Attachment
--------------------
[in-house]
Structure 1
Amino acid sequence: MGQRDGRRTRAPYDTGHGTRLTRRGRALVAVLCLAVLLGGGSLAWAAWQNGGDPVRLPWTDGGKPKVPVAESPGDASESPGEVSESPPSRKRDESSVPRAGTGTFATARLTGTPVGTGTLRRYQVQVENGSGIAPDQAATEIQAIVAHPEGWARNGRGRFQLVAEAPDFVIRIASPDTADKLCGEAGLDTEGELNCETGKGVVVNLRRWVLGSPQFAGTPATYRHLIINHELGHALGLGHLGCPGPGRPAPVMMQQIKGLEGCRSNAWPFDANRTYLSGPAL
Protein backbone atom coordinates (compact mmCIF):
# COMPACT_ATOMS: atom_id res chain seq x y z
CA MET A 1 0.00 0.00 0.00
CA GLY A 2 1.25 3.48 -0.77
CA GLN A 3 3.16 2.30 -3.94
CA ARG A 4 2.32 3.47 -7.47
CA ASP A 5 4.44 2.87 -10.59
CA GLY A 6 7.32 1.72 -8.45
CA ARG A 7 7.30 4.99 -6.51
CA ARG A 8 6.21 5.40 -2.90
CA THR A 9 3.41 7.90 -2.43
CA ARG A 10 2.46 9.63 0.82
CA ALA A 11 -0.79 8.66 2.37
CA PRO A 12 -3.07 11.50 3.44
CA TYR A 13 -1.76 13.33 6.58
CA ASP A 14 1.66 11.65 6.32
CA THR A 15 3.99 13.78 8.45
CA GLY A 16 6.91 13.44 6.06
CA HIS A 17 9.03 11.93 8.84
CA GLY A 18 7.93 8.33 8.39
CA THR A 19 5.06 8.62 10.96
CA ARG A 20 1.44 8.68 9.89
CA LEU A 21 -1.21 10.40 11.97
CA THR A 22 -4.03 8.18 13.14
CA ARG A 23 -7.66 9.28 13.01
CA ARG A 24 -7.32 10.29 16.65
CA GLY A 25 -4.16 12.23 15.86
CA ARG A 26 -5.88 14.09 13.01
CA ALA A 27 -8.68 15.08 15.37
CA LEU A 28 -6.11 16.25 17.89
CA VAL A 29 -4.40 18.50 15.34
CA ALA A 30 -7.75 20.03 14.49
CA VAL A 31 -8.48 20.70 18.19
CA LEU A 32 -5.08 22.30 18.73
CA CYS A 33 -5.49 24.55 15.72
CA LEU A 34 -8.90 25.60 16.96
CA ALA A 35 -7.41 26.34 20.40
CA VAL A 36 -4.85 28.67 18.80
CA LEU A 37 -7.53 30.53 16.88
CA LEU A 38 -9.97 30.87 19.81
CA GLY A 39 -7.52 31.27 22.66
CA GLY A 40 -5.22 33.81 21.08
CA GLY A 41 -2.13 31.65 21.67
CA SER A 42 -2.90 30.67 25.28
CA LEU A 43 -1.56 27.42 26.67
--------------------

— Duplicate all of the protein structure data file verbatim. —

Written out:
[in-house]
Structure 1
Amino acid sequence: MGQRDGRRTRAPYDTGHGTRLTRRGRALVAVLCLAVLLGGGSLAWAAWQNGGDPVRLPWTDGGKPKVPVAESPGDASESPGEVSESPPSRKRDESSVPRAGTGTFATARLTGTPVGTGTLRRYQVQVENGSGIAPDQAATEIQAIVAHPEGWARNGRGRFQLVAEAPDFVIRIASPDTADKLCGEAGLDTEGELNCETGKGVVVNLRRWVLGSPQFAGTPATYRHLIINHELGHALGLGHLGCPGPGRPAPVMMQQIKGLEGCRSNAWPFDANRTYLSGPAL
Protein backbone atom coordinates (compact mmCIF):
# COMPACT_ATOMS: atom_id res chain seq x y z
CA MET A 1 0.00 0.00 0.00
CA GLY A 2 1.25 3.48 -0.77
CA GLN A 3 3.16 2.30 -3.94
CA ARG A 4 2.32 3.47 -7.47
CA ASP A 5 4.44 2.87 -10.59
CA GLY A 6 7.32 1.72 -8.45
CA ARG A 7 7.30 4.99 -6.51
CA ARG A 8 6.21 5.40 -2.90
CA THR A 9 3.41 7.90 -2.43
CA ARG A 10 2.46 9.63 0.82
CA ALA A 11 -0.79 8.66 2.37
CA PRO A 12 -3.07 11.50 3.44
CA TYR A 13 -1.76 13.33 6.58
CA ASP A 14 1.66 11.65 6.32
CA THR A 15 3.99 13.78 8.45
CA GLY A 16 6.91 13.44 6.06
CA HIS A 17 9.03 11.93 8.84
CA GLY A 18 7.93 8.33 8.39
CA THR A 19 5.06 8.62 10.96
CA ARG A 20 1.44 8.68 9.89
CA LEU A 21 -1.21 10.40 11.97
CA THR A 22 -4.03 8.18 13.14
CA ARG A 23 -7.66 9.28 13.01
CA ARG A 24 -7.32 10.29 16.65
CA GLY A 25 -4.16 12.23 15.86
CA ARG A 26 -5.88 14.09 13.01
CA ALA A 27 -8.68 15.08 15.37
CA LEU A 28 -6.11 16.25 17.89
CA VAL A 29 -4.40 18.50 15.34
CA ALA A 30 -7.75 20.03 14.49
CA VAL A 31 -8.48 20.70 18.19
CA LEU A 32 -5.08 22.30 18.73
CA CYS A 33 -5.49 24.55 15.72
CA LEU A 34 -8.90 25.60 16.96
CA ALA A 35 -7.41 26.34 20.40
CA VAL A 36 -4.85 28.67 18.80
CA LEU A 37 -7.53 30.53 16.88
CA LEU A 38 -9.97 30.87 19.81
CA GLY A 39 -7.52 31.27 22.66
CA GLY A 40 -5.22 33.81 21.08
CA GLY A 41 -2.13 31.65 21.67
CA SER A 42 -2.90 30.67 25.28
CA LEU A 43 -1.56 27.42 26.67